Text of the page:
Question Corsair 5000D Airflow set up questions.

demidemon

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I'm down to the final part of my build, and decided to go with a Corsair 5000D Airflow case, the other option was Phanteks P500A but decided against it. My question now is, what fan set up should I go with on this? My components are going to be a i7-12700F (with turbo boost enabled), Asus ROG Strix B660-A, Silicon Power A60 1 TB NVME, Crucial MX500 4TB, G.Skill Trident Z RGB 36000 CL182 x 16, EVGA FTW 3 3080 12GB, and filling the case with Arctic P12 PST A-RGB 120mm fans (if I go Cooler Master AIO, will use Sickle Flow fans instead).

Outside of going with either one of three AIOs (Arctic Liquid Freezer II 360, Corsair H150i Elite Capellix, or Cooler Master MasterLiquid ML360 R) or picking up a Noctua NH-D15, I am unsure how to configure the fans in this case.

The set up I'd like to do is 6 front intake, AIO behind the front panel, 3 fans at the top and one radiator. However, I've seen some posts saying not to use the side fans, I could use it for GPU AIO exhaust (seriously considering it). What would be the best set up for this case? I intend to have it near a AC, so using those side fans as intake may actually help as well.

Either way, please give me some advice with this. Once I get that figured out, it's just picking the cooler and it's all done.
 

Phaaze88

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If you are mostly air cooling, there is no real cooling benefit to filling both side and front panels. It may look good depending on who you ask, but in terms of cooling efficiency, it creates unnecessary turbulence; the front and side will T-bone.
Those are really for expanding custom loop options.
For example, someone could use the side for installing a distro plate or pump+res combo, and have smooth intake through the front, or vice versa, if they wanted to.

For use with AIO/CLC:
1)Intake through the front with case fans.
Exhaust out the top with AIO/CLC.
Rear empty - only put a filter* there. Both halves of the cooler now have cool intake. [If you install a rear intake fan - turbulence again; T-bone the pull of the AIO's fans.]
Side closed.

2)Same as above, except you do side intake and close off the front panel... but the case isn't really set up to do that, so you'd have to DIY something to close it off, otherwise some of the side intake air could leak out the front.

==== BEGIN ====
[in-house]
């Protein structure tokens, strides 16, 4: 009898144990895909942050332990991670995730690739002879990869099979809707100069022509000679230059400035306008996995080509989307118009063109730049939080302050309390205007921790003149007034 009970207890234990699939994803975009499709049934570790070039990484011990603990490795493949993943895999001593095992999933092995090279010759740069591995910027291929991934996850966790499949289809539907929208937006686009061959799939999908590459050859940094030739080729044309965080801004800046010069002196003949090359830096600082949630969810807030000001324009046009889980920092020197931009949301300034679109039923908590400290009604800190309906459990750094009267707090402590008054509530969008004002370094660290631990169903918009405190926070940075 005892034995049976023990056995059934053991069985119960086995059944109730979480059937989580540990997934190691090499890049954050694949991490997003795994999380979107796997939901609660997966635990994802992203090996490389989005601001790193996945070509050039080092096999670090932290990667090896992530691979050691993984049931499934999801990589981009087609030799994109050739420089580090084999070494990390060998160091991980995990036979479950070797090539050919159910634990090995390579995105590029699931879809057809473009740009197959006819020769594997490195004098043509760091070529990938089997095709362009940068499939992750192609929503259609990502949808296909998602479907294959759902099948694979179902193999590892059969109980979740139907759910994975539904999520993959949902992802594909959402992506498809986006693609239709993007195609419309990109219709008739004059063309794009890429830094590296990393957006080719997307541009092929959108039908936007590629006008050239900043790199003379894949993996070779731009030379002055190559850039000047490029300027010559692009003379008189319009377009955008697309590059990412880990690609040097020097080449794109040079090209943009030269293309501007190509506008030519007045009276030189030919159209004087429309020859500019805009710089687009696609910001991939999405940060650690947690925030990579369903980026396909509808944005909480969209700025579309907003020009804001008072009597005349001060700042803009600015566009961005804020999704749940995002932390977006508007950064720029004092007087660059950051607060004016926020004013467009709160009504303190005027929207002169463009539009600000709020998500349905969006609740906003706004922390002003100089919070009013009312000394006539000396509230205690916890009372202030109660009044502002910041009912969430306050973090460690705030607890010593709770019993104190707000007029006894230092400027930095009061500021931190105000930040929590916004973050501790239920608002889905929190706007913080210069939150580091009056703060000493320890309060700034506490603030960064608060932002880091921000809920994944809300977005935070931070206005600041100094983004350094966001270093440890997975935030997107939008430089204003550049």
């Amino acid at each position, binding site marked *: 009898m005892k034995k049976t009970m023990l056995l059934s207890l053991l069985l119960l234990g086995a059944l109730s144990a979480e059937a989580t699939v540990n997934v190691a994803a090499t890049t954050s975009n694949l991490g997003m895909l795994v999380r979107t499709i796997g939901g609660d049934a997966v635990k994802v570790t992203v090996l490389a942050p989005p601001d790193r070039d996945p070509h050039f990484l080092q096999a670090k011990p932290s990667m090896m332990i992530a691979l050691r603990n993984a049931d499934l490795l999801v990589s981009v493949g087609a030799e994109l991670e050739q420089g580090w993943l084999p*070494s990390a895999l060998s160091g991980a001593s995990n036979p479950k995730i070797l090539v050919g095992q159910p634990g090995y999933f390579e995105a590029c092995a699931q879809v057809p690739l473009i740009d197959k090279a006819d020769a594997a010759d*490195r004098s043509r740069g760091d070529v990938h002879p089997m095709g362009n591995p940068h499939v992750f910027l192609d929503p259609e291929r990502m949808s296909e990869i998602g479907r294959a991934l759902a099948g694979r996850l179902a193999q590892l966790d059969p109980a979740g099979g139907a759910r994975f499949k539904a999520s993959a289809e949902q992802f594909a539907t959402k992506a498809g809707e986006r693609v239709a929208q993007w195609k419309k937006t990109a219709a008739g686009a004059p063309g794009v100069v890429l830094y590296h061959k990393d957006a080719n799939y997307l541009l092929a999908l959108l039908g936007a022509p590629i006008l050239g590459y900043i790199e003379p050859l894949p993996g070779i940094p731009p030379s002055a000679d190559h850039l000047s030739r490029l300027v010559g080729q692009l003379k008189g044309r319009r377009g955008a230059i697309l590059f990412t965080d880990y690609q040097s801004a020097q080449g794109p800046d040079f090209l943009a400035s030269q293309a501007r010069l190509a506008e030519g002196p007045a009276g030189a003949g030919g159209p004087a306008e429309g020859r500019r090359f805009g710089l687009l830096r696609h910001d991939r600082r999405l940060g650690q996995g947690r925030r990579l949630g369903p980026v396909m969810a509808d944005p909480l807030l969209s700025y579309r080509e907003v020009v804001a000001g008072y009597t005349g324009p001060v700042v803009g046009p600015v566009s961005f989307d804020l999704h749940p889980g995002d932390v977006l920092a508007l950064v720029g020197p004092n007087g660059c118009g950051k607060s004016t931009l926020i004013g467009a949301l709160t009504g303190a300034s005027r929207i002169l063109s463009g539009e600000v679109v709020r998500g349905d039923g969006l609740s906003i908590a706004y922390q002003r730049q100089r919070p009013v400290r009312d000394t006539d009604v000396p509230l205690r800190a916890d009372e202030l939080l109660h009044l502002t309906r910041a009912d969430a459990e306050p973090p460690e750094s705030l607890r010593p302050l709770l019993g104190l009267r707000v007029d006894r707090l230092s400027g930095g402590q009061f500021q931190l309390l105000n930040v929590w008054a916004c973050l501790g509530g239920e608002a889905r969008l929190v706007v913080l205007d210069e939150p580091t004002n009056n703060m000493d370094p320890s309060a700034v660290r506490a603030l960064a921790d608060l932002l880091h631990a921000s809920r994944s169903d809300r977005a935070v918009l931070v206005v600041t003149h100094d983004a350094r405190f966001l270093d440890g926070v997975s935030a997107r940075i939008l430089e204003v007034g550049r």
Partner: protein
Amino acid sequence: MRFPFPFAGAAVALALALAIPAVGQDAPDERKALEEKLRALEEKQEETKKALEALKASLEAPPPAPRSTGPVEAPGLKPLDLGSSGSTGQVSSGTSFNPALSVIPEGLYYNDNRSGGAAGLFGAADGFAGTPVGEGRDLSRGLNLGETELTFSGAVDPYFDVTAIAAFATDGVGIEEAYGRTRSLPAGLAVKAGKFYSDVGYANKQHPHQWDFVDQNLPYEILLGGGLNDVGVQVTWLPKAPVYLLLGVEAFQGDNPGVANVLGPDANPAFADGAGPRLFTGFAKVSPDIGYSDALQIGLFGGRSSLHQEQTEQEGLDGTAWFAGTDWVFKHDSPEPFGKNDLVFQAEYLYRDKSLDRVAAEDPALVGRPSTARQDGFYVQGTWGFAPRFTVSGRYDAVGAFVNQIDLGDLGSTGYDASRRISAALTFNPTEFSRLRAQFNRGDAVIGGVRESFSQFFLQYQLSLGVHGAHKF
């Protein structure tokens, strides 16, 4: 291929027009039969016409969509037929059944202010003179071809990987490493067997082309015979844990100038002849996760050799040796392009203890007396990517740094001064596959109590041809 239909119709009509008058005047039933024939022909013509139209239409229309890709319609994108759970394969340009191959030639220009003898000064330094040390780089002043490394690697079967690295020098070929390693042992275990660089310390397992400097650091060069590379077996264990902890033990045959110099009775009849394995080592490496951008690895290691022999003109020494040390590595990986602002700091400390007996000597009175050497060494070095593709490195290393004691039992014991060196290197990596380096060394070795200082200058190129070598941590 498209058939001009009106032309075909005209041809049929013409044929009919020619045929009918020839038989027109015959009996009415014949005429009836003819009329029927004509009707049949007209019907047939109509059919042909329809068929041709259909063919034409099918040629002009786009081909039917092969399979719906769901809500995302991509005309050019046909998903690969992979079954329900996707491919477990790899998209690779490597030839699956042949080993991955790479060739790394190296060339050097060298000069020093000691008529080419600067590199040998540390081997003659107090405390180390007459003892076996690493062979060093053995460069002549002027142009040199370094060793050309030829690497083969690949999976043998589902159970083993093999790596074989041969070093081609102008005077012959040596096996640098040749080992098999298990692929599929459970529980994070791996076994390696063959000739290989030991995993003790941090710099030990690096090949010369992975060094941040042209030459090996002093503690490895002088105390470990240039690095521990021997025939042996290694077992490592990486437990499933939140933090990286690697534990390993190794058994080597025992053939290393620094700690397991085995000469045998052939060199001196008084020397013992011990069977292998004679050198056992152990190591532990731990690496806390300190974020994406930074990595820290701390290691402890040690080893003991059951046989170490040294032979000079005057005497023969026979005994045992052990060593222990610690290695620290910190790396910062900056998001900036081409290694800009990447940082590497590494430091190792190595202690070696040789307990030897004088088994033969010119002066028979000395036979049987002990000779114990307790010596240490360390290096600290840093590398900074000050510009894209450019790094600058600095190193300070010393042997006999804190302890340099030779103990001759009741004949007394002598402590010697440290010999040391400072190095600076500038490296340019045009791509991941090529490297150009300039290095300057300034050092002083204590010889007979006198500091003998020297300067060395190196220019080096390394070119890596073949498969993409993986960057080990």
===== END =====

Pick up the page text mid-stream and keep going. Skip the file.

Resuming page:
Probably just skip this idea...

3)Take #1 and swap the AIO/CLC to front intake, the case fans to top exhaust, and instead of a rear filter, install a rear exhaust fan.
Side closed.

4)Do the same as #2... skip?


For use with tower air cooler:
1)Front intake. Rear exhaust. Side closed.

2)Front intake. Rear exhaust. Side closed. Top exhaust.

3)You should know by now - open up the side and close the front... skip?


There is no best; there is always bias towards one or the other. For cases with lots of optional fan locations like that one, the answer to the frequently asked question has never been to fill them all - except for looks, which is subjective.
All up to you in the end though...
 

demidemon

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If you are mostly air cooling, there is no real cooling benefit to filling both side and front panels. It may look good depending on who you ask, but in terms of cooling efficiency, it creates unnecessary turbulence; the front and side will T-bone.
Those are really for expanding custom loop options.
For example, someone could use the side for installing a distro plate or pump+res combo, and have smooth intake through the front, or vice versa, if they wanted to.

For use with AIO/CLC:
1)Intake through the front with case fans.
Exhaust out the top with AIO/CLC.
Rear empty - only put a filter* there. Both halves of the cooler now have cool intake. [If you install a rear intake fan - turbulence again; T-bone the pull of the AIO's fans.]
Side closed.

2)Same as above, except you do side intake and close off the front panel... but the case isn't really set up to do that, so you'd have to DIY something to close it off, otherwise some of the side intake air could leak out the front.
Probably just skip this idea...

3)Take #1 and swap the AIO/CLC to front intake, the case fans to top exhaust, and instead of a rear filter, install a rear exhaust fan.
Side closed.

4)Do the same as #2... skip?


For use with tower air cooler: